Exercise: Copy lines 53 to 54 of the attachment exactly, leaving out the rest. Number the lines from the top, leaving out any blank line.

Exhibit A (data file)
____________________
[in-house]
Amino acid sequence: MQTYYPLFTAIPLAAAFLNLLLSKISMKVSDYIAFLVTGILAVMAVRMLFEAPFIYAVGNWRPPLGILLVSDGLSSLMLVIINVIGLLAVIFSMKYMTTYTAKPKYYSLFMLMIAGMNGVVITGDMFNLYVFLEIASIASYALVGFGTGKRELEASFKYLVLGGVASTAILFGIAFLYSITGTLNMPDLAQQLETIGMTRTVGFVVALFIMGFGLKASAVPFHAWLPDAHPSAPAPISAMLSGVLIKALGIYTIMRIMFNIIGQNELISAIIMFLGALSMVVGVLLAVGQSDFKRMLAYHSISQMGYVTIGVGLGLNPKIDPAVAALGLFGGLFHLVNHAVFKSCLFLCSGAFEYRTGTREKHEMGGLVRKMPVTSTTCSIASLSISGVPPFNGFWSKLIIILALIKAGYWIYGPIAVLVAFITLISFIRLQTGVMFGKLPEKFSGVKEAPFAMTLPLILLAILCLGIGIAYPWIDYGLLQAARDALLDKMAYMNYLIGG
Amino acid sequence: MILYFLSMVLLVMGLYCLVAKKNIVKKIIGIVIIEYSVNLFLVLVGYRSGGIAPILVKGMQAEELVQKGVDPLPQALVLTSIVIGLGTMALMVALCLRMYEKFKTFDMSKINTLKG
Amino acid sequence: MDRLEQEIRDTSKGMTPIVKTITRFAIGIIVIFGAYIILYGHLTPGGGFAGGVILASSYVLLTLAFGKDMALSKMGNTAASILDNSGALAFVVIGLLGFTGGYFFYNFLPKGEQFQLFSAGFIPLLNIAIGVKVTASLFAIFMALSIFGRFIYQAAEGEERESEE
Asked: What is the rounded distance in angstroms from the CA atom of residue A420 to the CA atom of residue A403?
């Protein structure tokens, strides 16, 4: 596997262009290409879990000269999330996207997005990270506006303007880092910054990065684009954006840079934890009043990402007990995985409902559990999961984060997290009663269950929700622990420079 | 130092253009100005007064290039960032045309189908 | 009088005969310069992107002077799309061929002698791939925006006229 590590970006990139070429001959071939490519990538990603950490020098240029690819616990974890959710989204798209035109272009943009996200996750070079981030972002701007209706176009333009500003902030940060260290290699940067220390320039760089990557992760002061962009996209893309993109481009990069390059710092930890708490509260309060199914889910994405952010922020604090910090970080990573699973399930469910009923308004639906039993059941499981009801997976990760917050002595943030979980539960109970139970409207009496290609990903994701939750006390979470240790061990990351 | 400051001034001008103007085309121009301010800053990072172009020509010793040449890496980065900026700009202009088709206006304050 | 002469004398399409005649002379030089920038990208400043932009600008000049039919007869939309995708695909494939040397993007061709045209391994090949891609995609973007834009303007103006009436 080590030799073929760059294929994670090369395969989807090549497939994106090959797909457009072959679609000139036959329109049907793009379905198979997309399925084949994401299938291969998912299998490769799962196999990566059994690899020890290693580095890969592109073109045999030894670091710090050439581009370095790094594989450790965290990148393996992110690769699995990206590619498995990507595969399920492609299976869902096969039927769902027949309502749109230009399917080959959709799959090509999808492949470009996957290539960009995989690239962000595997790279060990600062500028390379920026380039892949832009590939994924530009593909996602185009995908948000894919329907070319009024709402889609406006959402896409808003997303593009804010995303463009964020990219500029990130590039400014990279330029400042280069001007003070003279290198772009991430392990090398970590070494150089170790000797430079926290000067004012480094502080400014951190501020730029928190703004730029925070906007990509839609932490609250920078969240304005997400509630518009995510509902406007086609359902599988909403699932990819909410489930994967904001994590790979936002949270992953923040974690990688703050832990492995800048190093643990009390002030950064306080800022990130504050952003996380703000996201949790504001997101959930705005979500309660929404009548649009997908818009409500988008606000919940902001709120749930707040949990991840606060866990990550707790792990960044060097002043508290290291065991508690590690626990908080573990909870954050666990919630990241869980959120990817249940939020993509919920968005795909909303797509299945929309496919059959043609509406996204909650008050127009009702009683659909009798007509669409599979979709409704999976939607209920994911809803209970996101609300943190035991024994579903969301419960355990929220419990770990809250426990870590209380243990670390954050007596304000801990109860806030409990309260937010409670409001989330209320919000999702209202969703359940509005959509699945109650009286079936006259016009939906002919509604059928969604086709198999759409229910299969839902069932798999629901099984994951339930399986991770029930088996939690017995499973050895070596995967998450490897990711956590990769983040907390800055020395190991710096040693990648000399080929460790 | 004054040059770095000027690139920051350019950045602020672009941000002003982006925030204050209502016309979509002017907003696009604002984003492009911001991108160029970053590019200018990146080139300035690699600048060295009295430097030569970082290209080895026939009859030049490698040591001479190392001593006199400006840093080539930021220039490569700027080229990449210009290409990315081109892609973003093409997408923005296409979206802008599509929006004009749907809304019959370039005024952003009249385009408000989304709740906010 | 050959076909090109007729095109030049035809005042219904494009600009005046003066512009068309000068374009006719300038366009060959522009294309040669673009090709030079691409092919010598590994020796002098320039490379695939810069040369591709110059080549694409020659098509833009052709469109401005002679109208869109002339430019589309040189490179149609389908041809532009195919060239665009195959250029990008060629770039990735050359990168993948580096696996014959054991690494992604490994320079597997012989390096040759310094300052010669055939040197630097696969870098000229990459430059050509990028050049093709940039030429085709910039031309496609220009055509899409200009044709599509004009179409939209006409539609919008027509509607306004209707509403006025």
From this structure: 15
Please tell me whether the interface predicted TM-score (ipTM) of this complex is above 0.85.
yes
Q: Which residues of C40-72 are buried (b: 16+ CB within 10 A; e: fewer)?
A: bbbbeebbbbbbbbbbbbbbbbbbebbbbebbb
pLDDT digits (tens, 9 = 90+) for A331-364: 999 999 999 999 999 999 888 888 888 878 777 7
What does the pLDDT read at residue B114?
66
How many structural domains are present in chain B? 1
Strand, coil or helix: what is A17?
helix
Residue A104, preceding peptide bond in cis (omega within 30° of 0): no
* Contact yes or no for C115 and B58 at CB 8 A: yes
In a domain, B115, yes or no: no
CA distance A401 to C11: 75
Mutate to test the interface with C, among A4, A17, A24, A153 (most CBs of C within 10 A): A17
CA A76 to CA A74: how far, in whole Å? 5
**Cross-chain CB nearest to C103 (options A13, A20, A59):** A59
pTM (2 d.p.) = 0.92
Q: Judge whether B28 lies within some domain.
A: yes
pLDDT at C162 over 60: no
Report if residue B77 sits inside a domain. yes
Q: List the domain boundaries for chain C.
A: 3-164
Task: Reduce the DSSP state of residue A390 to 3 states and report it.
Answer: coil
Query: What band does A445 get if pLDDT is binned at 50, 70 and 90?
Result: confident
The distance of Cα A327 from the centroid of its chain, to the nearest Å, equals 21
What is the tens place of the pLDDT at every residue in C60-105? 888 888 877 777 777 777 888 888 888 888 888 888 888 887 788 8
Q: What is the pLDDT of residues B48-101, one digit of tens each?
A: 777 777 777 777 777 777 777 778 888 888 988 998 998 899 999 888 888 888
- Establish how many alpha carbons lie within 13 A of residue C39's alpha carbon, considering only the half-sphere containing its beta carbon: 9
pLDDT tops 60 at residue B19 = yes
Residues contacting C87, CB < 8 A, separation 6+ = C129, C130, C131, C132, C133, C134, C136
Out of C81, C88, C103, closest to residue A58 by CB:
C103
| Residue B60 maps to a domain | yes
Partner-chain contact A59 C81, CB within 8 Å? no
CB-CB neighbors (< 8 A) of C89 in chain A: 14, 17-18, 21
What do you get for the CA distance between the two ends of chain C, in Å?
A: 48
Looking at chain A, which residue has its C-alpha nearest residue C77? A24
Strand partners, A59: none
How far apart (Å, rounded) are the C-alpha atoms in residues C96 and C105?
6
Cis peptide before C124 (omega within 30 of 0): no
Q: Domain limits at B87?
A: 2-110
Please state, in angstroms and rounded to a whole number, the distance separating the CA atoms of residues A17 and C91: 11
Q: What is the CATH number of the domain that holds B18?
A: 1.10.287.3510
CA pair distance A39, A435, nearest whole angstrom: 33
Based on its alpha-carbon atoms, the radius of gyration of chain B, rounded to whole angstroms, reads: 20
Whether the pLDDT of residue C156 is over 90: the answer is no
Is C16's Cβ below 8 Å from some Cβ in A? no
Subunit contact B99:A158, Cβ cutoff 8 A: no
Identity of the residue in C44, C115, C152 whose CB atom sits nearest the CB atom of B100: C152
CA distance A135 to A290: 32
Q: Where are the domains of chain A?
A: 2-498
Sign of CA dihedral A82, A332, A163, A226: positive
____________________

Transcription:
6
Cis peptide before C124 (omega within 30 of 0): no